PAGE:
Granular [Tetra] Grid

Core Techniques:

  • Chaotic cross modulation with magnets (Hail the donut)
  • Complex circular FM tones from Cš-L
  • Rhythmic gating over index ratios, wavefold depth and signal amplitudes
  • Granular /reverberant spatialisation using arbhar
  • TZFM as tone generator and processor simultaneously
  • Harmonic chord voice using Harmonàig/Saïch

There are several unusual techniques used in this patch. The result being a very interactive, playable and texturally rich performance instrument.

There is a lot of chaos involved on both the audio and control generation sides so some luck is required when improvising with the intent of landing on a regular “groove”. Many of the patching methods translate beautifully to more harmonically based patches.

In this instance I very much embraced the noise!

There is a little bit less linearity to the signal flow, but mixing via a matrix (Lìon) allows for relative ease and adaptability of the configuration.

In a nutshell, the key players in this patch are:

• Cš-L (primary sound source)
• arbhar (granular processing/spatialization)
• Harmonàig/Saïch (harmonic element)
• Manifold Research Centre – Tetragrid (hail the donut)

The Tetragrid is the first module from Manifold Research Centre. MRC is the creation of Aimo Scampa, a long time Instruō colleague, and the developer behind the Lìon (and many more modules to come!).

The Tetragrid is fundamentally 6 oscillators configured as 6 CV/gate sources. Connecting the triangle touch points on the playing board with magnet pieces or a finger will interconnect modulations between these 6 oscillators. Placing magnets in sweet spots can produce consistent repeating rhythmic gates from the various outputs. Patching in just the right way can produce some extremely musical ostinatos and grooves!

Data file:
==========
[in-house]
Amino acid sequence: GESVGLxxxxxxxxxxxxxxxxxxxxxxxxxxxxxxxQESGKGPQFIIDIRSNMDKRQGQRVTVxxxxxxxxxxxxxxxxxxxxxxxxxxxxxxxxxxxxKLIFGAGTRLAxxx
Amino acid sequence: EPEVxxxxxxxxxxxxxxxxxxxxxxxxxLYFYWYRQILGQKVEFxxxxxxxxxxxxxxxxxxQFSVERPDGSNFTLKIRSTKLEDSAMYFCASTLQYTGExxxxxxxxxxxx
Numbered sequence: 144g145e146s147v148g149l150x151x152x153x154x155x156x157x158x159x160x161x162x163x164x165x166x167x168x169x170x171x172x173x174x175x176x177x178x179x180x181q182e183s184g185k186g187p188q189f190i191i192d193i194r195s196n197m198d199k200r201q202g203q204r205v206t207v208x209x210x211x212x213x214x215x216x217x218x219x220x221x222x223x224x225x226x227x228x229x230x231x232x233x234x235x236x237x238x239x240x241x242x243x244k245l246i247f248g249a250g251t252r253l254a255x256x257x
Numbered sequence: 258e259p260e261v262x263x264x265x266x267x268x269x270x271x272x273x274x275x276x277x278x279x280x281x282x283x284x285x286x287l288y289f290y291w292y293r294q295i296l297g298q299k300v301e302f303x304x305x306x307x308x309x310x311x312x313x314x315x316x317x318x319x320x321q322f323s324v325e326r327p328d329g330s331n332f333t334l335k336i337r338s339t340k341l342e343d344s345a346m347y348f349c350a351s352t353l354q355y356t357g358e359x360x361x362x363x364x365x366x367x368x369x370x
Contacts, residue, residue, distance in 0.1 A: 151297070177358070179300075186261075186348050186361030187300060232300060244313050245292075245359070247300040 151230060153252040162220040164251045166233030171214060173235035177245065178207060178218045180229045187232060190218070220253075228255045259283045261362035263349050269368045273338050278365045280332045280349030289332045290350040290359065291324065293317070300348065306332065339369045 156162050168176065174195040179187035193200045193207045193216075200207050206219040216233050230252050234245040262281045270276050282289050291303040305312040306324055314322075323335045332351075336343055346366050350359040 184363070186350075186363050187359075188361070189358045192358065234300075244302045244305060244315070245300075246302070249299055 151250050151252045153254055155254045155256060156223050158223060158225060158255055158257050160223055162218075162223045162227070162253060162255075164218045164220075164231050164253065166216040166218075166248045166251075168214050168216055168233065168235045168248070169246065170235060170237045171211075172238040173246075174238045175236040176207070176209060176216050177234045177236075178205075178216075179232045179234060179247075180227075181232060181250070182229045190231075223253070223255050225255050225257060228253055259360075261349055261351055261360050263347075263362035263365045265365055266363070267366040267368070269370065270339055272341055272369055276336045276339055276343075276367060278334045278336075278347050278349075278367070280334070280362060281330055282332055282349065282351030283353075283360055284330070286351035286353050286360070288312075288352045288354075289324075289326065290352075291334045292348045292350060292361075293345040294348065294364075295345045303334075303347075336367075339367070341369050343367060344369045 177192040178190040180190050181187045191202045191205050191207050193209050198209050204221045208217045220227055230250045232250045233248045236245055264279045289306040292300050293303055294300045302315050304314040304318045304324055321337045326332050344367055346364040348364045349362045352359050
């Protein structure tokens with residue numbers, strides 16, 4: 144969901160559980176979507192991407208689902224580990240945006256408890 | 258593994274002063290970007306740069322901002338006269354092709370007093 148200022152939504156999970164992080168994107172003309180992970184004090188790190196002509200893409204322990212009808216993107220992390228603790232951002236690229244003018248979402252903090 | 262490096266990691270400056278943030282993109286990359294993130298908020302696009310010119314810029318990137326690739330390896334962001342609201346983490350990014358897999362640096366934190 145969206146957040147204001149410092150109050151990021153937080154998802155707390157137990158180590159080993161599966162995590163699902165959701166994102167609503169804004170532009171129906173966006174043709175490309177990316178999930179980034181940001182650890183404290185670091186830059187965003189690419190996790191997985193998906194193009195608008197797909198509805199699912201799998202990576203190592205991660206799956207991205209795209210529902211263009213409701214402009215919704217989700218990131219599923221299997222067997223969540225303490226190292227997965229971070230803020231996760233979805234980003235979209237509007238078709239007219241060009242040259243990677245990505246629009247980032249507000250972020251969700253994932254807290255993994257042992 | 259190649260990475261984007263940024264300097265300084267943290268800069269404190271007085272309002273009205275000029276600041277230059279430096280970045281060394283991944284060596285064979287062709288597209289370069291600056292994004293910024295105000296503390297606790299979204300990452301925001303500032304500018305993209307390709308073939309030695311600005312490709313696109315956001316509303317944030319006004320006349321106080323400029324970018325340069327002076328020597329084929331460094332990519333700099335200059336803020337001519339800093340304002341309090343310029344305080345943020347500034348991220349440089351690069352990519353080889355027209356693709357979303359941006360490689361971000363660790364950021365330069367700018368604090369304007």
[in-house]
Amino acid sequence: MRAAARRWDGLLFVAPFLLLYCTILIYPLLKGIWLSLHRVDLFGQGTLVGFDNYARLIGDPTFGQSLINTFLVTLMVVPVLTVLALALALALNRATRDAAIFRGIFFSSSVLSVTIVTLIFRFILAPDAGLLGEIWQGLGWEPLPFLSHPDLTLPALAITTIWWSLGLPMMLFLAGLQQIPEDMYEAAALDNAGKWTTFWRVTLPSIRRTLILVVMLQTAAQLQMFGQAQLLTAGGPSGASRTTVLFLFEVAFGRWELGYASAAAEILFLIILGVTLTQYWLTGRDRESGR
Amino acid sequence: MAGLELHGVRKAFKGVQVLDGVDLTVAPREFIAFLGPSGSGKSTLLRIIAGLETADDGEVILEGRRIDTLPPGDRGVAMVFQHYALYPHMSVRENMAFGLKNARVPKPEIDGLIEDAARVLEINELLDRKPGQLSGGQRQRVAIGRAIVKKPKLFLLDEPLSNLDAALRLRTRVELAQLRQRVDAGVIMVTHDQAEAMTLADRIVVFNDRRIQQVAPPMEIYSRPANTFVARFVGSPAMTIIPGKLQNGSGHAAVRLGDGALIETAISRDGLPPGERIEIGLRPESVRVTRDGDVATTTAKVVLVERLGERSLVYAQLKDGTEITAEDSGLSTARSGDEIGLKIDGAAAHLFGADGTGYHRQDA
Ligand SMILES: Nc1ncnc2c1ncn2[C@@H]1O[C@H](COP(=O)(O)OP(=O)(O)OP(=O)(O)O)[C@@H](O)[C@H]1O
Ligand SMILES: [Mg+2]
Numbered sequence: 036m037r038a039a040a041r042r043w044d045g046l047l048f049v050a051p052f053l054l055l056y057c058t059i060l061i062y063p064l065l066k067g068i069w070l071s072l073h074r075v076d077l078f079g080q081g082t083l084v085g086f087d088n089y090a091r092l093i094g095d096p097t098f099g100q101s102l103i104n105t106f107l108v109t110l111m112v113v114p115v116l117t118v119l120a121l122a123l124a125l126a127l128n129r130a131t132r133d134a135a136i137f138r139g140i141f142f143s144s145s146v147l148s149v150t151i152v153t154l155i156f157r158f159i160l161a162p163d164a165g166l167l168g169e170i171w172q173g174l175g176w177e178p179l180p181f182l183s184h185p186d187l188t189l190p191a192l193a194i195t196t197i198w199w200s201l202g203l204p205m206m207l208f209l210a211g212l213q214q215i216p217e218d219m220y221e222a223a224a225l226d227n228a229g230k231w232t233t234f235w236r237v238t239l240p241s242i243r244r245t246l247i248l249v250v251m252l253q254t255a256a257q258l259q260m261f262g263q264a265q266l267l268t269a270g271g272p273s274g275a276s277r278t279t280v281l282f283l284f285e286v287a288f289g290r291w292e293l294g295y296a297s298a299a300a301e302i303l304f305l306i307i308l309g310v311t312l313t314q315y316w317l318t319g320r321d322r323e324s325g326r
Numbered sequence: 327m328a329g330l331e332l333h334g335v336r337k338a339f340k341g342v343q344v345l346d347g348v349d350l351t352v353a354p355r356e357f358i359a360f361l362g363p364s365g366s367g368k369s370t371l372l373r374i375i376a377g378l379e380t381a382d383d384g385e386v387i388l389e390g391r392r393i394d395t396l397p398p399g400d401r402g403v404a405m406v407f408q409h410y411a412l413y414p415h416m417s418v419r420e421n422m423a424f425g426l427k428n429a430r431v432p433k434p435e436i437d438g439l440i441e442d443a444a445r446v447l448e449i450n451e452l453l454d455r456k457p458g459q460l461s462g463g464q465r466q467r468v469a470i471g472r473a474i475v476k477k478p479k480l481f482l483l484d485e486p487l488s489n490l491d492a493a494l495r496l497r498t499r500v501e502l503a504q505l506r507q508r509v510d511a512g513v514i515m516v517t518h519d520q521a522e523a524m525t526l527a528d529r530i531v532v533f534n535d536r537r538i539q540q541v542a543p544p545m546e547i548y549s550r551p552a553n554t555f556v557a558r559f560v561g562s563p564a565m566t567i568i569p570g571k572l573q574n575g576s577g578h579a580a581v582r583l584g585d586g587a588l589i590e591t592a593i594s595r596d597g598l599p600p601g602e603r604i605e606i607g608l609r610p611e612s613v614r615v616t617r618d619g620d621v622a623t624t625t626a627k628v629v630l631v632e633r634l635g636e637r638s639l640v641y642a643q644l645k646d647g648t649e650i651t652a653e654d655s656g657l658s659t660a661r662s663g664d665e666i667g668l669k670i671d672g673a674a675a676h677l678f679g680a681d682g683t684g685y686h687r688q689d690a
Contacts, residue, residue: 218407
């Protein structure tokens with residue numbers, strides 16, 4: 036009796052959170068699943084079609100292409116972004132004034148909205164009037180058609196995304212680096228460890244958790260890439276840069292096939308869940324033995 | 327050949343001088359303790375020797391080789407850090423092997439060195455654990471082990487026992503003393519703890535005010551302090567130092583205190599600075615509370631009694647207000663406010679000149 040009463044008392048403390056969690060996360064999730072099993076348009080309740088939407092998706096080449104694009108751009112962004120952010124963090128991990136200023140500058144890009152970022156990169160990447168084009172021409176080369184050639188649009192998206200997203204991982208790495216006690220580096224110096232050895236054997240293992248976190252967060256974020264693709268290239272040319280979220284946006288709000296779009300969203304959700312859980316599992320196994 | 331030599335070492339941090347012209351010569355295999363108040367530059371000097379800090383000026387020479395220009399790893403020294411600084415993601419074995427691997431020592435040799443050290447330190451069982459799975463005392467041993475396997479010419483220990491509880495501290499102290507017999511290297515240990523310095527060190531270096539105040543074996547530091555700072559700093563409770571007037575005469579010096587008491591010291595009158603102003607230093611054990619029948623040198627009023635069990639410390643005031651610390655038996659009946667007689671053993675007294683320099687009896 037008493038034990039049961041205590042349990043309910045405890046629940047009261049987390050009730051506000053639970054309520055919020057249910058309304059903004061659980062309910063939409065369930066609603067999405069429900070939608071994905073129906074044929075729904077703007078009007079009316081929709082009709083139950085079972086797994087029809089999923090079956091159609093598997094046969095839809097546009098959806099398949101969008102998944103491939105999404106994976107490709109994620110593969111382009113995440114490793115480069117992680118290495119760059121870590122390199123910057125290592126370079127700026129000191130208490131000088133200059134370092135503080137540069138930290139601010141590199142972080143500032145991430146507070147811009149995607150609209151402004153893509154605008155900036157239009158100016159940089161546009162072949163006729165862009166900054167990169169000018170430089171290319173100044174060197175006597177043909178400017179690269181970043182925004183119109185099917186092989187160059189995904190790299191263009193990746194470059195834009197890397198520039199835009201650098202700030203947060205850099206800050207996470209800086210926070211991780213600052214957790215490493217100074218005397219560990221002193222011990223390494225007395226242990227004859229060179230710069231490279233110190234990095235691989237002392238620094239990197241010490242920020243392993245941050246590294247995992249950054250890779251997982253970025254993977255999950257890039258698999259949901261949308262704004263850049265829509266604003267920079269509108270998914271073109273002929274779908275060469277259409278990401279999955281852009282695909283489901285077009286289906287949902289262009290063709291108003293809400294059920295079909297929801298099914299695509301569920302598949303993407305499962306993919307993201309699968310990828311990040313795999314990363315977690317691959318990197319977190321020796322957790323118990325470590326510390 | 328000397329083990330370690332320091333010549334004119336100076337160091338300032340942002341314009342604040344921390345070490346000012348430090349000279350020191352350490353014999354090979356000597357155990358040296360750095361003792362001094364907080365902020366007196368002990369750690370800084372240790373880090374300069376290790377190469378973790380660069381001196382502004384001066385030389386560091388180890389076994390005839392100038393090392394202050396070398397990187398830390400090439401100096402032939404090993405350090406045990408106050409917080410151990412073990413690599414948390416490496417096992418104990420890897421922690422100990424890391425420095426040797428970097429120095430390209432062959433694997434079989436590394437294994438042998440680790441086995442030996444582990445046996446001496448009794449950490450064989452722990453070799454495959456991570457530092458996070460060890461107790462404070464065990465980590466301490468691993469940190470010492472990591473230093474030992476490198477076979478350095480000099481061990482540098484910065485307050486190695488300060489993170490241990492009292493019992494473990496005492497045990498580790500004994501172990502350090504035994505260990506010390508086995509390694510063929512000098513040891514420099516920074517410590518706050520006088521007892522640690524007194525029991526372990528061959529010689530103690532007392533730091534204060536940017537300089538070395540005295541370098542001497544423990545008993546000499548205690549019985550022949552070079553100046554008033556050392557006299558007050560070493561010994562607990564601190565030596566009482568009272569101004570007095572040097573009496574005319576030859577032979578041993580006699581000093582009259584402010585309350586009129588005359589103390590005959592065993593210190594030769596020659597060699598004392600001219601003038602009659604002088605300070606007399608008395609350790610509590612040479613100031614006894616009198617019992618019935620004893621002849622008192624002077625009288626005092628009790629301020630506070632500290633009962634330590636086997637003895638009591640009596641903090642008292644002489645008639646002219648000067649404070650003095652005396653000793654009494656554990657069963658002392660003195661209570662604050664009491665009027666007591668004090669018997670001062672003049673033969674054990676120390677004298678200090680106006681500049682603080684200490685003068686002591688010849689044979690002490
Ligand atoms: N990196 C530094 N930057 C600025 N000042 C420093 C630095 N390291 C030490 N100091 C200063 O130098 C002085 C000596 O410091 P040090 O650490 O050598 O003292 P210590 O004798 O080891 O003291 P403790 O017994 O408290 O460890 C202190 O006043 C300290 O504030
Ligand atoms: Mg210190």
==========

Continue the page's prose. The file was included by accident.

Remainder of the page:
The individual sound sources are fundamentally pretty straight forward so let’s dive in there:

The Cš-L is producing most of the audio content.

I have implemented circular FM between the voices controlled via the INDEX control. The INDEX also defines a level of cross mixing via the wavefolder symmetry inputs.

This means each FINAL wavefolder output is a folded sum of both oscillators’ sine waves. Their frequencies are a product of the complex FM algorithm that is defined by the FM attenuators and INDEX position.

I use 4 gate signals from The Tetragrid to interact with the Cš-L. Two CV sources are attenuated via Tanh[3] channels and control the 1V/octave inputs. Two farther signals from The Tetragrid are patched to the Cš-L’s wavefold depth CV inputs. The attenuverters of these are relatively low and introduce jumps in timbre periodically by these gate signals.

When the 4 Cš-L controlling gate signals produced by The Tetragrid stabilise on something periodic the result is a rhythmic ostinato (repeating pattern) that plays from both FINAL outputs.